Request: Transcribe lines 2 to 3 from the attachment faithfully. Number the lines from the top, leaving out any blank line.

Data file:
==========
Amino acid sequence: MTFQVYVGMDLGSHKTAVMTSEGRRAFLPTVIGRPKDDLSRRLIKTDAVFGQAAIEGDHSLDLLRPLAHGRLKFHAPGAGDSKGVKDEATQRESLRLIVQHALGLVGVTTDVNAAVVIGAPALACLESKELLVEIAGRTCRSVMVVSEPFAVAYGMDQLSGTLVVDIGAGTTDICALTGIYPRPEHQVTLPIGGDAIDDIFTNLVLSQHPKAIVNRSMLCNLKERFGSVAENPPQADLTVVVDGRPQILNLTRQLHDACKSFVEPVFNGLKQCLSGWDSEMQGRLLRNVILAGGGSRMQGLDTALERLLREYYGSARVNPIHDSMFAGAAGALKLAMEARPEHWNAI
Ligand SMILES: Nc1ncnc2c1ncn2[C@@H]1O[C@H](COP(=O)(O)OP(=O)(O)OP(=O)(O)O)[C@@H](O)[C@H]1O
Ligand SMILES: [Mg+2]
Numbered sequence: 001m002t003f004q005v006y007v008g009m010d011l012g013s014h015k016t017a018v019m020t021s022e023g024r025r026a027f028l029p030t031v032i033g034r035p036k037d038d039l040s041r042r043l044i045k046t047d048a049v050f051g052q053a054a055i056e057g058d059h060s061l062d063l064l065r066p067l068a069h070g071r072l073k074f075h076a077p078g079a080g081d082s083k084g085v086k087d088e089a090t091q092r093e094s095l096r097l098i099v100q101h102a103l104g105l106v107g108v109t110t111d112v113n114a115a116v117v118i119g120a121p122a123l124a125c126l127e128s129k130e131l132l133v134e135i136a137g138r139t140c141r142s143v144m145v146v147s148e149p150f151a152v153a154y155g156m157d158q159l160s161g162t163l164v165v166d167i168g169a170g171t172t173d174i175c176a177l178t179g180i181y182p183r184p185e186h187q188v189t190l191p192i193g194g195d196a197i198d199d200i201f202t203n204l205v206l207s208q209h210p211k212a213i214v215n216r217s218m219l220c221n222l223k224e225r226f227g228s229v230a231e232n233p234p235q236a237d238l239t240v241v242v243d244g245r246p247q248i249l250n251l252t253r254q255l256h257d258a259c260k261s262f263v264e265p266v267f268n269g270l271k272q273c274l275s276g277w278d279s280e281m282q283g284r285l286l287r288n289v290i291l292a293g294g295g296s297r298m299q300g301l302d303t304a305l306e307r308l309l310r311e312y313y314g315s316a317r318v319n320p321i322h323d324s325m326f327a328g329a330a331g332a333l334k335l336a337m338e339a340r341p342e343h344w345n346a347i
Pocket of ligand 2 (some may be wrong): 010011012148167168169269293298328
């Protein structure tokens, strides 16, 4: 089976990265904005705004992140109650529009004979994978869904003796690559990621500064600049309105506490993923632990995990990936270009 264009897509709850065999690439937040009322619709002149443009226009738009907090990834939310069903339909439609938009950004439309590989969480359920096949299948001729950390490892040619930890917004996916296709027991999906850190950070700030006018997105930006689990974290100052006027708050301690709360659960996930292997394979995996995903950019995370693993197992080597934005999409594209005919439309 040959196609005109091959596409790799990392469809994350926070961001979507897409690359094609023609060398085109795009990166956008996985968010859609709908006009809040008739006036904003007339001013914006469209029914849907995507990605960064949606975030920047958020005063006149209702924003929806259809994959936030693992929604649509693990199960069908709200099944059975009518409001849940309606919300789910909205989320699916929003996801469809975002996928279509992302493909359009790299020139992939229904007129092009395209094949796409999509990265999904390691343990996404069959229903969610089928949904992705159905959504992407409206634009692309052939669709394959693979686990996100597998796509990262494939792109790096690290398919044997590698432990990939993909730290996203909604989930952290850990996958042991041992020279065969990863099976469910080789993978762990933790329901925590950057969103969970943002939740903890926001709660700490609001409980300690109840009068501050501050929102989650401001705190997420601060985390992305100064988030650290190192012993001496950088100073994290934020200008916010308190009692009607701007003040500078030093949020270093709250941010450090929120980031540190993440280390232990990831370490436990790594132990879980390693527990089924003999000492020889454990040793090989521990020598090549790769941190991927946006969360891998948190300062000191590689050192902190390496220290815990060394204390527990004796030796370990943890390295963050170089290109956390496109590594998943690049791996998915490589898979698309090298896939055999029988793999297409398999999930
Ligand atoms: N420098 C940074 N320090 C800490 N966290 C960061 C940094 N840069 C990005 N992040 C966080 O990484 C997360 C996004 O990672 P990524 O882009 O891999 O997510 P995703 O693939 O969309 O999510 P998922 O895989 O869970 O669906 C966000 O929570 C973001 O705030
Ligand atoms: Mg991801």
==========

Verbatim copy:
Ligand SMILES: Nc1ncnc2c1ncn2[C@@H]1O[C@H](COP(=O)(O)OP(=O)(O)OP(=O)(O)O)[C@@H](O)[C@H]1O
Ligand SMILES: [Mg+2]